Colorado mountains
From Long-Term Data to Understanding: Toward a Predictive Ecology
2015 LTER ASM Estes Park, CO - August 30 - September 2, 2015

Effects of long term precipitation and nitrogen manipulation on root growth in a semi-arid grassland

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Josh Haussler
Osvaldo Sala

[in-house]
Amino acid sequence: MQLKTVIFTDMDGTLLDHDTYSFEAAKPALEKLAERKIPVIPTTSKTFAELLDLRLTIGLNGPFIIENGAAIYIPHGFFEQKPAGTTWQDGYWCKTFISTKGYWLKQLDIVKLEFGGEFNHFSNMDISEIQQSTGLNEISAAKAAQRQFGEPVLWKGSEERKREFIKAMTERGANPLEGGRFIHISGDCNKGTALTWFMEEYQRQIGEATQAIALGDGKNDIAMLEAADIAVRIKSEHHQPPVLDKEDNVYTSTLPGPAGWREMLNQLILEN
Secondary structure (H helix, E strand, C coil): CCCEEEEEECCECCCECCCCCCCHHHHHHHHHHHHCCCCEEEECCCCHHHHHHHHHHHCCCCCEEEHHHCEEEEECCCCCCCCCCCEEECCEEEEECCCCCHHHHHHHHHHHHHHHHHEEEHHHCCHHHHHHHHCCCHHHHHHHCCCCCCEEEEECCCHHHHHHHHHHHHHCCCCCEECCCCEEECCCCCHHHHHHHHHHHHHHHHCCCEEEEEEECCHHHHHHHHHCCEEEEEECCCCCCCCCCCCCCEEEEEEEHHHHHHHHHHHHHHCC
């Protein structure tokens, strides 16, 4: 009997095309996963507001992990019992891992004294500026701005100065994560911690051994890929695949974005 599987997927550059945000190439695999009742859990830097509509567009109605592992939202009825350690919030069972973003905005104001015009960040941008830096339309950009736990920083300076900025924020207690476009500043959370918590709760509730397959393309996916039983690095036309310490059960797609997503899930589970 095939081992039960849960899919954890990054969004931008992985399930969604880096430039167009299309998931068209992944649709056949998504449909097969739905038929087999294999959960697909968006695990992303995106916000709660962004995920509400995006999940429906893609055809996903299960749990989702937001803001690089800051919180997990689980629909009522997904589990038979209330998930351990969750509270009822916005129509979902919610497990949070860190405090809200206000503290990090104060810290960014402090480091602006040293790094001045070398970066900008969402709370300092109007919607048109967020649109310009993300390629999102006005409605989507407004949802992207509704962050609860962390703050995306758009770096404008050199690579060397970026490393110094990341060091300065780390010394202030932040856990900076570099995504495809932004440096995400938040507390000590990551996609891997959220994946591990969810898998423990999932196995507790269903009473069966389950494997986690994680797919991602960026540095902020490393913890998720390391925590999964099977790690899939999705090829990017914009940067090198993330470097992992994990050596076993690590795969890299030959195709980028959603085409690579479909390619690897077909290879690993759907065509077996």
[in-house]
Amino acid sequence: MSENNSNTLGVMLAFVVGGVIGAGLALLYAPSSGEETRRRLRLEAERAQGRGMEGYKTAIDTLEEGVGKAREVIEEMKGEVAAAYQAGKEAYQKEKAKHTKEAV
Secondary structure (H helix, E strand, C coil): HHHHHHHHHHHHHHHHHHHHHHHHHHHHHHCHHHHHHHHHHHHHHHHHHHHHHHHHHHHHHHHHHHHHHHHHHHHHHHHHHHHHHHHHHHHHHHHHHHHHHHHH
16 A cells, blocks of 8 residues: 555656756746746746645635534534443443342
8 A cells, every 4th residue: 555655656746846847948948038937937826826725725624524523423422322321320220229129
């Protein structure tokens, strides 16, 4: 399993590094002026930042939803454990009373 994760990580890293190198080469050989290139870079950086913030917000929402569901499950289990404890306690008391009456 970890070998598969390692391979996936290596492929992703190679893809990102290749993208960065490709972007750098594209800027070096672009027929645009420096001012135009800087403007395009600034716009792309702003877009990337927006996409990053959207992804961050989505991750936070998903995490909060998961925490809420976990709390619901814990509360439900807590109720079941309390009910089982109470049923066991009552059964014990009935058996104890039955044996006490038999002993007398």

Arid lands comprise approximately 40% of the Earth's land surface, and contribute 30-35% of terrestrial net primary productivity. Fine roots (< 2 mm in diameter) account for the majority of plant carbon allocation in these regions, potentially playing a significant role in the global carbon cycle. However, due to high turnover of fine roots and difficulties excavating them, our understanding of the mechanisms governing belowground dynamics lags behind that of aboveground processes. The objective of this study was to assess independent and interactive effects of long-term water and nitrogen availability on fine root growth in a Chihuahuan desert grassland in southwest New Mexico.  The experimental design was a full factorial design of water and N manipulation. 2.5 x 2.5 m plots (N=6) have received reduced or enhanced precipitation, either -80%, +80%, or ambient rainfall and no fertilization or nitrogen fertilization in the form of ammonium nitrate at 10 g m-2 yr-1. Treatments have been maintained for 9 years. A minirhizotron camera was used to non-destructively monitor root growth every 3 weeks through the growing season, July-September, in 2012 - 2014. Precipitation showed a positive effect on root growth. Root growth showed no response to nitrogen fertilization. However, nitrogen and precipitation showed a synergistic interaction, suggesting that nitrogen plays a roll only under wetter conditions. 

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